I eventually moved back across the pond, back into really dirty water.  I moved in closer to shore...into 5' of water (but no weeds here), and had a great time in the last couple of hours catching more Bluegills.
Most of the Bluegills were 8" (Jay's 9-incher was the biggest), and the single Green Sunfish measured 7".

Friday, February 14, 2014

A Couple Fly Patterns I Tied Last Night

Isonychia Nymph - Slate Drake Nymph:

And a #2 Craft Fur "FireTiger" baitfish:


Feeling the love on Valentine's Day!  I know its just a marker point along the road, but what an appropriate day to reach the benchmark of 100,000 views on my Blog!  How cool!  And it happened on  2-14-2014!

I really appreciate the folks who regularly follow my FishnDave blog, as well as those that just stop by when something in particular piques your interest.  Thank you everyone!  :)

Its been a long road...I started this blog on July 10, 2009.  It took 1,229 days to get my first 50,000 views, and just 453 days for the next 50,000.  That traffic is generated from 377 blog entries so far.  By a large margin, my post entitled "Crappie Fly Patterns" has been my most popular, with 4,783 views so far.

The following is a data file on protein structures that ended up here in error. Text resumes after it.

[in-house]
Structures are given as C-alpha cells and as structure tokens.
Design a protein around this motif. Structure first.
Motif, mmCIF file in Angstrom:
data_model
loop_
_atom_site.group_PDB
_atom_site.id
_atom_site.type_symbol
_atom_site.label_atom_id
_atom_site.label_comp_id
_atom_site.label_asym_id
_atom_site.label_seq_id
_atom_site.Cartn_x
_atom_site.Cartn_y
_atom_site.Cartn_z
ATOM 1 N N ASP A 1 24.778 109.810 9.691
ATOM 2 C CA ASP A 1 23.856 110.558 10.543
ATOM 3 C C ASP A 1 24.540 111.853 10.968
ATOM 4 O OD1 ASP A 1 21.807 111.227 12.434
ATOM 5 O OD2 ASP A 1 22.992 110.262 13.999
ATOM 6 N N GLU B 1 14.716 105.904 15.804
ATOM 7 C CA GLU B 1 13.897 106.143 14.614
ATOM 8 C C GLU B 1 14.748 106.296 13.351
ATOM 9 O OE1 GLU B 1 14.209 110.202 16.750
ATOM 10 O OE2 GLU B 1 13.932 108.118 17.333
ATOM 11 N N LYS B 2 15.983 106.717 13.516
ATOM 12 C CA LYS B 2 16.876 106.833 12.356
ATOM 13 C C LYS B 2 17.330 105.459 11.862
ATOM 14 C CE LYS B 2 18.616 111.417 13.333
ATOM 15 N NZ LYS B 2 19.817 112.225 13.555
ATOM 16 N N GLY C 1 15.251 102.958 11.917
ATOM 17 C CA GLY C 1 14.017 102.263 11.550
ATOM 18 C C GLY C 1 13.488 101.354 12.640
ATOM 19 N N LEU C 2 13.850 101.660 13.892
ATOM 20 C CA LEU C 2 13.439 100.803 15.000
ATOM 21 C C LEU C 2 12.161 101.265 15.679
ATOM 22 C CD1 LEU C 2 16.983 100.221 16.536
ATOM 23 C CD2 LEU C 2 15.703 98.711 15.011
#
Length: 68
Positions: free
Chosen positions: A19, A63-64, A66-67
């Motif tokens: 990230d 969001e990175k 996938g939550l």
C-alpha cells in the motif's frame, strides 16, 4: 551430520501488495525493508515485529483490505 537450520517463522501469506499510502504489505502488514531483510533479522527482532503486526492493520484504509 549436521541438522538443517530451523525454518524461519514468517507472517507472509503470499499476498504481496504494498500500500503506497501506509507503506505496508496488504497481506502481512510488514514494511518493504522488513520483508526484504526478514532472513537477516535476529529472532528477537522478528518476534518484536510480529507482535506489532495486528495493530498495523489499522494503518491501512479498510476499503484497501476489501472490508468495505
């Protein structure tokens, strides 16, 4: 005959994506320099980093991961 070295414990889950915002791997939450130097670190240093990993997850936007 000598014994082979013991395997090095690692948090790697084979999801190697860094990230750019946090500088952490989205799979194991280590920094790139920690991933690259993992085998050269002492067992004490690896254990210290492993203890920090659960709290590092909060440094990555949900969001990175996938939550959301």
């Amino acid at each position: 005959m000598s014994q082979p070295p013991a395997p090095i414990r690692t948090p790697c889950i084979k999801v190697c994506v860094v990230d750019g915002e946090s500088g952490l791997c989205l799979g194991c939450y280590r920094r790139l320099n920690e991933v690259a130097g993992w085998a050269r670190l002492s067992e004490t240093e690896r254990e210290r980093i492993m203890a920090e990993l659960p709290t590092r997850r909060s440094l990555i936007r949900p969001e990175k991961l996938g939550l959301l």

I plan to keep it please continue to stop by and visit!

Tuesday, February 4, 2014

Another "Slow News Day"

Not much fishing to report, not many new (to me) flies to show...So...bear with me while I contemplate the extremely unimportant.
I've had an iPhone 4S for over a year now.  I just love the darn thing!  Its amazing what you can do with one of these things.  I take almost all my fishing pictures with it now, and find it really does a stellar job in most situations.  And with the mind-boggling selection of FREE photo-editing apps available, you can make good shots better, and poor shots good.  I probably should have said that in a different order...

Fotor is the app I use most to edit the pictures I take with my iPhone.  Its quick and easy to crop, rotate, sharpen and brighten shots.
This past week I found another free app called PopAGraph.  It allows you to trace the outline of objects you want to sort of "pop off the page", add text, backgrounds, shadows to give sort of a 3D effect.
I played with's some pictures I created, I thought they were just kind of fun..I don't know what I would ever do with them.
It kind of over-enhanced the pink colors on the gill plate of the rainbow trout above.  But the rest turned out rather interesting, I thought.

Next was a really bad picture of my Grass Carp... my daughter took the original picture with her phone, and the I wanted it on my phone really bad at the time, so I took a picture of her phone's screen.  That's why it looks textured like a bad newspaper or comic book print.

And finally, I couldn't decide which background I liked best for this Pumpkinseed in spawning colors, so I did all 3 separately: